Australia's premier holiday destination, the Gold Coast, is set to meet rapidly growing demand with the recent completion of its new three-level airport terminal.
Designed by Hassell and constructed by Lendlease, the new 30,000-square-metre terminal has effectively doubled the Gold Coast Airport's footprint. As well as increasing capacity, Hassell principal Kevin Lloyd says the design will radically improve the airport experience.
“The three-level building doubles the terminal footprint, providing greater operational flexibility with elements such as gates, aerobridges and baggage claim areas – that ‘swing’ between international and domestic use depending on demand. This ensures the most efficient use of space and improves the experience for customers and staff,” Lloyd says.
Much more than a regional airport, the Coolangatta gateway is Australia's sixth busiest airport, handling domestic and international arrivals and departures.
The original single-terminal facility, opened in 1981, had no aerobridge and lacked space and amenities. The new terminal includes six gates and room for 19 aircraft; facilities include four glass aerobridges, seven escalators, nine lifts, new boarding facilities, baggage handling, and border control facilities.
Seamlessly connecting the new with the old, the new facility is the centrepiece of an ongoing $500 million development of the Gold Coast Airport, with more works underway.
This ambitious expansion is required to address the predicted exponential increase in traffic at the Gold Coast Airport. Annual passenger numbers are forecast to more than double from 6.5 million to over 16 million by 2037.
Hassell's new terminal design required huge curtain wall spans – twice as high and 50 per cent wider than a typical curtain wall panel. However, no suitable curtain wall systems were readily available in Australia or internationally.
Capral Aluminium offered to customise a design to meet the project requirements and allow the architects and builders to source locally rather than go offshore.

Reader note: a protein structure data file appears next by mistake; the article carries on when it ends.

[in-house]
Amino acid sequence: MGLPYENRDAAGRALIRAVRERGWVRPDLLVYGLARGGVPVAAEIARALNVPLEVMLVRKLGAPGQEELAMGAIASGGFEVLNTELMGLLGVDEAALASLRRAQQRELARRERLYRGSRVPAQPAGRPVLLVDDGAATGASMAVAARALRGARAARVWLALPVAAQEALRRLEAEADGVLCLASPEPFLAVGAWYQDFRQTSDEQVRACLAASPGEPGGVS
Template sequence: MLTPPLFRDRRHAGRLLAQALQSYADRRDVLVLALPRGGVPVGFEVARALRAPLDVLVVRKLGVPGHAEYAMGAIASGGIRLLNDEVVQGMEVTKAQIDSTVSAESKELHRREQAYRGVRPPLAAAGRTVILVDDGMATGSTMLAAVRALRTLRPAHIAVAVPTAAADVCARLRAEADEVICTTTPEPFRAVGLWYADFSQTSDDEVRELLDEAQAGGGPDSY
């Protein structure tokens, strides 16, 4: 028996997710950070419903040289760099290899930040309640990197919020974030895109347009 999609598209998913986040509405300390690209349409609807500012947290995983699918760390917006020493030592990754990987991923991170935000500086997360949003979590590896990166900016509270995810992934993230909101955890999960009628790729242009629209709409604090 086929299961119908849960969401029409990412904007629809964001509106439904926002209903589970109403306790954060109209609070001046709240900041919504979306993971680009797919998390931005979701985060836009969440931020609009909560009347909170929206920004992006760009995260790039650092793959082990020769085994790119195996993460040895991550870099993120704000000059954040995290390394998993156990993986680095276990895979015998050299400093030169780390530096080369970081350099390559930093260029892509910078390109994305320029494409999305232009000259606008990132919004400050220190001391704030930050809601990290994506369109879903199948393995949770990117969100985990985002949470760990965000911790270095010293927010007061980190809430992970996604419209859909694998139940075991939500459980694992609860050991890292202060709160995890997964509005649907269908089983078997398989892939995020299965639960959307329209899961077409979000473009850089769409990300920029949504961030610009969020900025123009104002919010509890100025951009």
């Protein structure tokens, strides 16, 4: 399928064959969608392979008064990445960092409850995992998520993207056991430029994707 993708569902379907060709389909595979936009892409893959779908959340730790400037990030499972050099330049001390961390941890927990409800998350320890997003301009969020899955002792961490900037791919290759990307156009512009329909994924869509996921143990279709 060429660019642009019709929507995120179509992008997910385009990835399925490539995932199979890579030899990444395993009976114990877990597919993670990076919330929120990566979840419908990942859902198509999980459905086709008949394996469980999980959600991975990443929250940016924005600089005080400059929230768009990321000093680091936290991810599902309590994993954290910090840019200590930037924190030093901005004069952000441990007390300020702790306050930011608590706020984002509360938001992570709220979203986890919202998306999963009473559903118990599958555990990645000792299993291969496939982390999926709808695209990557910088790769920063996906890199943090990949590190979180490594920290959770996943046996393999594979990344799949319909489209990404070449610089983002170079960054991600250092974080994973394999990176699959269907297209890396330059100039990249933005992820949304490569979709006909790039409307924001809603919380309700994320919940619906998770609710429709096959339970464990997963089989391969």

Capral Queensland state manager Brendan Poole says the terminal project managers selected Capral's CW175 curtain wall system as a base for customisation due to the terminal design's span and structural requirements.
"There were no off-the-shelf products available in Australia or overseas, so the project managers needed to partner with a reputable systems company to co-develop a fit-for-purpose solution," Poole says.
Early engagement with Capral's Technical Services Group meant the terminal's structure and sub-structure were designed to support the facade, which weighed in at 1.1 tonnes.
With project wind loads reaching as high as 5.5kPa ULS (ultimate limit state), the selected CW175 curtain wall system needed numerous changes to meet structural and water egress design requirements.
"The mullions for the system had to be redesigned and strengthened for the wind pressures, given the height and width of the largest panels being approximately 6.6-metres high and 1.8-metres wide," says Poole.
"This redesign then led to weather seal changes to ensure water pressures were also accounted for."
Once Capral finalised the design with fabricator Queensland Glass, the curtain wall was digitally modelled before approval and production of new dies. A PMU (performance mock up) was fabricated to full project size and installed in a test NATA test facility in Melbourne to be run through wind and water pressure tests to project limits and beyond.
After the testing demonstrated that the system exceeded project requirements, Capral worked alongside Queensland Glass to ensure all changes were considered and actioned, and the system met the project timeline.
"The airport terminal project was outside the box in its technical requirements and needed ongoing support. Working with Capral gave the project managers the customisation, support, and flexibility they needed," Poole says.
To complete the curtain wall systems, LowE insulated glass units with high thermal and wind loading performance were specified. In particular, the western facade was required to meet very low U-Value and SHGC (solar heat gain coefficient) values. The resulting IGUs were made of two layers of 13.52mm heat-strengthened laminate with a 16mm argon-filled air gap between each layer.
Project: Gold Coast Airport Expansion
Location: Coolangatta, QLD
Developer: Queensland Airports Limited
Fabricator: Queensland Glass
Product: Capral's CW175 curtain wall system